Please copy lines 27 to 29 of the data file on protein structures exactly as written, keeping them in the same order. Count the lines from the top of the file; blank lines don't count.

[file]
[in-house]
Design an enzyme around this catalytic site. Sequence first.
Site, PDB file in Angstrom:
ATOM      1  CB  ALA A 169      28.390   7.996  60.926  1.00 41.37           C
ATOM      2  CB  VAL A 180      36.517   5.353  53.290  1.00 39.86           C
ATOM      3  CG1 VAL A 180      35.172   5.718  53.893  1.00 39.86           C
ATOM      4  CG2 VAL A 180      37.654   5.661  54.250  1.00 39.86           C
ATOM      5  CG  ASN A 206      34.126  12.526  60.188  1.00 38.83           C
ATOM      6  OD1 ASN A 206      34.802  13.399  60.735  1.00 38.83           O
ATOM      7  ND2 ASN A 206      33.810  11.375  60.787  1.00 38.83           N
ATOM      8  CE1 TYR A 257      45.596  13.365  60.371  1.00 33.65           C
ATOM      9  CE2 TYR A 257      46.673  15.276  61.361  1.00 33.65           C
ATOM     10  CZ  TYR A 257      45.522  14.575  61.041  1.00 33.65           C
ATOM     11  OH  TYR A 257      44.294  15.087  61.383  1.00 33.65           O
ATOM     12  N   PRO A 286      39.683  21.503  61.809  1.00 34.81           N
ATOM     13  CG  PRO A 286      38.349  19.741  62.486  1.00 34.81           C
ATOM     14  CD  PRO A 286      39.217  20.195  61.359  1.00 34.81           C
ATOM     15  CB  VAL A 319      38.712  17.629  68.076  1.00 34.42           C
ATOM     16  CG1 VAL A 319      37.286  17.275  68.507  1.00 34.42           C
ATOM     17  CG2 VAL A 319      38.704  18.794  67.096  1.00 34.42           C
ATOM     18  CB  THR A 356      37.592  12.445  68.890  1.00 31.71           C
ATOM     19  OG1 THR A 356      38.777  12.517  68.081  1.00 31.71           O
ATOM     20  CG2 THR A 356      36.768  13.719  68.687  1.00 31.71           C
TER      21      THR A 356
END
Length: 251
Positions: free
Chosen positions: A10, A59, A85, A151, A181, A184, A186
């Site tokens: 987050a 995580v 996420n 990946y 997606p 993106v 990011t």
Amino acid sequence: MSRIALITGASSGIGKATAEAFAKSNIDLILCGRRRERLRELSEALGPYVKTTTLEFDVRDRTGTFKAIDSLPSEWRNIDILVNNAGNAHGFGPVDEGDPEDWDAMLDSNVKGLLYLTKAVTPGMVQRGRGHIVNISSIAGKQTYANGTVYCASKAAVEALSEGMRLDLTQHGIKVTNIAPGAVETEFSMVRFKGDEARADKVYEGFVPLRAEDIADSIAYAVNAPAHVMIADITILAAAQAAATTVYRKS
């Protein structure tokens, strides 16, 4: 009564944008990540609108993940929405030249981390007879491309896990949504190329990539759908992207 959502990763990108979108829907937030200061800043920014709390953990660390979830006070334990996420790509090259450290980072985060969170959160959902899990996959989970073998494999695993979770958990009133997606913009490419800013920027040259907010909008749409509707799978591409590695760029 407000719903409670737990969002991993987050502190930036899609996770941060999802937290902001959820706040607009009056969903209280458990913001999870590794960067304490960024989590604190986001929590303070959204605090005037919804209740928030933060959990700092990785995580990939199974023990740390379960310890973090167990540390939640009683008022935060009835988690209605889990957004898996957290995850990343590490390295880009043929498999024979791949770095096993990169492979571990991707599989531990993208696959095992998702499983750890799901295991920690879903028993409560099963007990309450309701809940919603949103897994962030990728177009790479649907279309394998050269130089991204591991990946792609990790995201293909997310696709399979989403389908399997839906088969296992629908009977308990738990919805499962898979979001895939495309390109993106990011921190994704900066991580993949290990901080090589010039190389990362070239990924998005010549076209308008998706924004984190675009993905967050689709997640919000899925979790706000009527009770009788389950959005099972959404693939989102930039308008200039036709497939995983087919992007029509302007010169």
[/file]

Positions: free
Chosen positions: A10, A59, A85, A151, A181, A184, A186
């Site tokens: 987050a 995580v 996420n 990946y 997606p 993106v 990011t």